20 The Aryan-speaking Peoples in Prehistoric Times

20.1 The Spreading of the Aryan Speakers

We have spoken of the Aryan language as probably arising in the region of the Danube and South Russia and spreading from that region of origin. We say «probably», because it is by no means certainly proved that that was the centre; there have been vast discussions upon this point and wide divergences of opinion. We give the prevalent view. It was originally the language of a group of peoples of the Nordic race. As it spread widely, Aryan began to differentiate into a number of subordinate languages. To the west and south it encountered the Basque language, which was then widely spread in Spain, and also possibly various other Mediterranean languages.

Fig. 237 – Aryan-speaking Peoples 1000–500 B.C. (Map)

Before the spreading of the Aryans from their lands of origin southward and westward, the Iberian race was distributed over Great Britain, Ireland, France, Spain, north Africa, south Italy, and, in a more civilized state, Greece and Asia Minor. It was closely related to the Egyptian. To judge by its European vestiges it was a rather small human type, generally with an oval face and a long head. It buried its chiefs and important people in megalithic chambers – i.e. made of big stones-covered over by great mounds of earth; and these mounds of earth, being much longer than they are broad, are spoken of as the long barrows. These people sheltered at times in eaves, and also buried some of their dead therein; and from the traces of charred, broken, and cut human bones, including the bones of children, it is inferred that they were cannibals.

These short dark Iberian tribes (and the Basques also if they were a different race) were thrust back westward, and conquered and enslaved by slowly advancing waves of the taller and fairer Aryan-speaking people, coming southward and westward through Central Europe, who are spoken of as the Kelts. Only the Basque resisted the conquering Aryan speech. Gradually these Keltic-speakers made their way to the Atlantic, and all that now remains of the Iberians is mixed into the Keltic population. How far the Keltic invasion affected the Irish population is a matter of debate at the present time; in that island the Kelts may have been a mere caste of conquerors who imposed their language on a larger subject population. It is even doubtful if the north of England is more Aryan than pre-Keltic in blood. There is a sort of short dark Welshman, and certain types of Irishmen, who are Iberians by race. The modern Portuguese are also largely of Iberian blood.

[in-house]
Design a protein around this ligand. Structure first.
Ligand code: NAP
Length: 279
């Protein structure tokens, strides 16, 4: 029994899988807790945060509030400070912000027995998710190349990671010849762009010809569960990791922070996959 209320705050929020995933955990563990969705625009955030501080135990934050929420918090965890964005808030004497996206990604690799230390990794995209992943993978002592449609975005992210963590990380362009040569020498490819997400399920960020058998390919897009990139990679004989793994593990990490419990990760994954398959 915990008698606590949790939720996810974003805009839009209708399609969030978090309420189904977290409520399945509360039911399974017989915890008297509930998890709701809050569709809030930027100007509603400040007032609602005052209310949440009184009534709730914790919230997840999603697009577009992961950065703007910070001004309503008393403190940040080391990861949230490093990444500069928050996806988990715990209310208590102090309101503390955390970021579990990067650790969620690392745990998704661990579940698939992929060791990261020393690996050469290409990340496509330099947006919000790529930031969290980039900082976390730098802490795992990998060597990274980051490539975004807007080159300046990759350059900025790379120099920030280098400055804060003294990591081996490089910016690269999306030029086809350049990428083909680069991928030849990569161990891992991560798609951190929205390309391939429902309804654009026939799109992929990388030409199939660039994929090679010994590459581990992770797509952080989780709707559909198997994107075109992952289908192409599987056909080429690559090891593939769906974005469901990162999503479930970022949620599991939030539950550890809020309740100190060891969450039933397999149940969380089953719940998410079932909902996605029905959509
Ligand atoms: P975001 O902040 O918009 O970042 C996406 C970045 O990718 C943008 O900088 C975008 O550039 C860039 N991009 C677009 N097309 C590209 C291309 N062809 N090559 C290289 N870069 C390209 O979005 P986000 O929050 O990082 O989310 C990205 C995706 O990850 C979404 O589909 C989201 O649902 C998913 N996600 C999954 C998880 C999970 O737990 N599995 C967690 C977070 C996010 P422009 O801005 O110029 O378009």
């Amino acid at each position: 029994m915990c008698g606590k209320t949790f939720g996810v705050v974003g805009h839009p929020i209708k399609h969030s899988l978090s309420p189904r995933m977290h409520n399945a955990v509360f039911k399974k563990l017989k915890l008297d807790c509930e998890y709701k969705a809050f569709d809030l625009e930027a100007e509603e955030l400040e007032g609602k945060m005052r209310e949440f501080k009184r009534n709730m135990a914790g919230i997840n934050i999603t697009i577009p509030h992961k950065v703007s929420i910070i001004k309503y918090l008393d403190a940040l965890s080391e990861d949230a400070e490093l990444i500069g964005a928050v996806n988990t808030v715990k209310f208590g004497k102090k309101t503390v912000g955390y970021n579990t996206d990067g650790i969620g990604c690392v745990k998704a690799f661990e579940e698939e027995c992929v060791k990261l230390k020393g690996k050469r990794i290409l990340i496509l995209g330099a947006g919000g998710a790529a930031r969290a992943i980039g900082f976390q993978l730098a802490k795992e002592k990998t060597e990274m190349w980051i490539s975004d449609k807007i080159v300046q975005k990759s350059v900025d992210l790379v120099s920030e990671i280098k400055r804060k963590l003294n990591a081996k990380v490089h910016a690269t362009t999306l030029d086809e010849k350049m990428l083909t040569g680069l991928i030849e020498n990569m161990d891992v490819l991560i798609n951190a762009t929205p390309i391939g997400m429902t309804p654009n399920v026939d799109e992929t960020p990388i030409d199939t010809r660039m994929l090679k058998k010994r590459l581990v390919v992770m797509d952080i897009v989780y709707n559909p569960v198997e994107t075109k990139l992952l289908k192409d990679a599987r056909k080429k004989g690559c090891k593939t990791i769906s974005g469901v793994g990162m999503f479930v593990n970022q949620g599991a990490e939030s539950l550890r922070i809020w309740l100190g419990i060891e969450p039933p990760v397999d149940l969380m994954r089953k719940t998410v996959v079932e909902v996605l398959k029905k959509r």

The Kelts spoke a language, Keltic,[72] which was also in its turn to differentiate into the language of Gaul, Welsh, Breton, Scotch and Irish Gaelic, and other tongues. They buried the ashes of their chiefs and important people in round barrows. While these Nordic Kelts were spreading westward, other Nordic Aryan peoples were pressing down upon the dark white Mediterranean race in the Italian and Greek peninsulas, and developing the Latin and Greek groups of tongues. Certain other Aryan tribes were drifting towards the Baltic and across into Scandinavia, speaking varieties of the Aryan which became ancient Norse-the parent of Swedish, Danish, Norwegian, and Icelandic – Gothic, and Low and High German.

While the primitive Aryan speech was thus spreading and breaking up into daughter languages to the west, it was also spreading and breaking up to the east. North of the Carpathians and the Black Sea, Aryan-speaking tribes were increasing and spreading and using a distinctive dialect called Slavonian, from which came Russian, Serbian, Polish, Bulgarian, and other tongues; other variations of Aryan distributed over Asia Minor and Persia were also being individualized as Armenian and Indo-Iranian, the parent of Sanscrit and Persian. In this book we have used the word Aryan for all this family of languages, but the term Indo-European is some times used for the entire family, and «Aryan» itself restricted, in a narrower sense to the Indo-Iranian speech.

This Indo-Iranian speech was destined to split later into a number of languages, including Persian and Sanscrit, the latter being the language of certain tribes of fair-complexioned Aryan speakers who pushed eastward, into India somewhere between 3,000 and 1,000 B.C. and conquered dark Dravidian peoples who were then in possession of that land.

From their original range of wandering, other Aryan tribes spread to the north as well as to the south of the Black Sea, and ultimately, as these seas shrank and made way for them, to the north and east of the Caspian, and so began to come into conflict with and mix also with Mongolian peoples of the Ural-Altaic linguistic group the horse-keeping people of the grassy steppes of Central Asia. From these Mongolian races the Aryans seem to have acquired the use of the horse for riding and warfare. There were three or four prehistoric varieties or sub-species of horse in Europe and Asia, but it was the steppe or semi-desert lands that first gave horses of a build adapted to other than food uses.[73] All these peoples, it must be understood; shifted their ground rapidly, a succession of bad seasons might drive them many hundreds of miles, and it is only in a very rough and provisional manner that their «beats» can now be indicated. Every summer they went north, every winter they swung south again. This annual swing covered sometimes hundreds of miles. On our maps, for the sake of simplicity, we represent the shifting of nomadic peoples by a straight line; but really they moved in annual swings, as the broom of a servant who is sweeping out a passage swishes from side to side as she advances. Spreading round the north of the Black Sea, and probably to the north of the Caspian, from the range of the original Teutonic tribes of Central and Northcentral Europe to the Iranian peoples who became the Medes and Persians and (Aryan) Hindus, were the grazing lands of a confusion of tribes, about whom it is truer to be vague than precise, such as the Cimmerians, the Sarmatians, and those Scythians who, together with the Medes and Persians, came into effective contact with the Assyrian Empire by 1,000 B.C. or earlier.